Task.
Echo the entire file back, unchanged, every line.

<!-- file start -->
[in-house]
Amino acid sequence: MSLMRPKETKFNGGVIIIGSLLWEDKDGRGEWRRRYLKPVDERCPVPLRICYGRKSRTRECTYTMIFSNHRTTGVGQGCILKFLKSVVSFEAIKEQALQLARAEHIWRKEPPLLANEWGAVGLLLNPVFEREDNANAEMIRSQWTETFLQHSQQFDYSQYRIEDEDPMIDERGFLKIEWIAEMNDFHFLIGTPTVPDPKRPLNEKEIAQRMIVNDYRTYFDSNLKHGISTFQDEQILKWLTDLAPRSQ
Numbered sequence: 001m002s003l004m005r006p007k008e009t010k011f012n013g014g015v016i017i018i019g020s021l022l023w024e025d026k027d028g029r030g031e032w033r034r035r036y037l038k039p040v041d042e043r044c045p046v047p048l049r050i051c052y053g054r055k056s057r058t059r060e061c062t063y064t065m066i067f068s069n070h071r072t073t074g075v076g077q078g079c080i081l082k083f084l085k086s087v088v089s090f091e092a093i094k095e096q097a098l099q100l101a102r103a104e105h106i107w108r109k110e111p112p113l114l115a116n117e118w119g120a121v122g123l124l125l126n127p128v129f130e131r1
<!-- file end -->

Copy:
[in-house]
Amino acid sequence: MSLMRPKETKFNGGVIIIGSLLWEDKDGRGEWRRRYLKPVDERCPVPLRICYGRKSRTRECTYTMIFSNHRTTGVGQGCILKFLKSVVSFEAIKEQALQLARAEHIWRKEPPLLANEWGAVGLLLNPVFEREDNANAEMIRSQWTETFLQHSQQFDYSQYRIEDEDPMIDERGFLKIEWIAEMNDFHFLIGTPTVPDPKRPLNEKEIAQRMIVNDYRTYFDSNLKHGISTFQDEQILKWLTDLAPRSQ
Numbered sequence: 001m002s003l004m005r006p007k008e009t010k011f012n013g014g015v016i017i018i019g020s021l022l023w024e025d026k027d028g029r030g031e032w033r034r035r036y037l038k039p040v041d042e043r044c045p046v047p048l049r050i051c052y053g054r055k056s057r058t059r060e061c062t063y064t065m066i067f068s069n070h071r072t073t074g075v076g077q078g079c080i081l082k083f084l085k086s087v088v089s090f091e092a093i094k095e096q097a098l099q100l101a102r103a104e105h106i107w108r109k110e111p112p113l114l115a116n117e118w119g120a121v122g123l124l125l126n127p128v129f130e131r1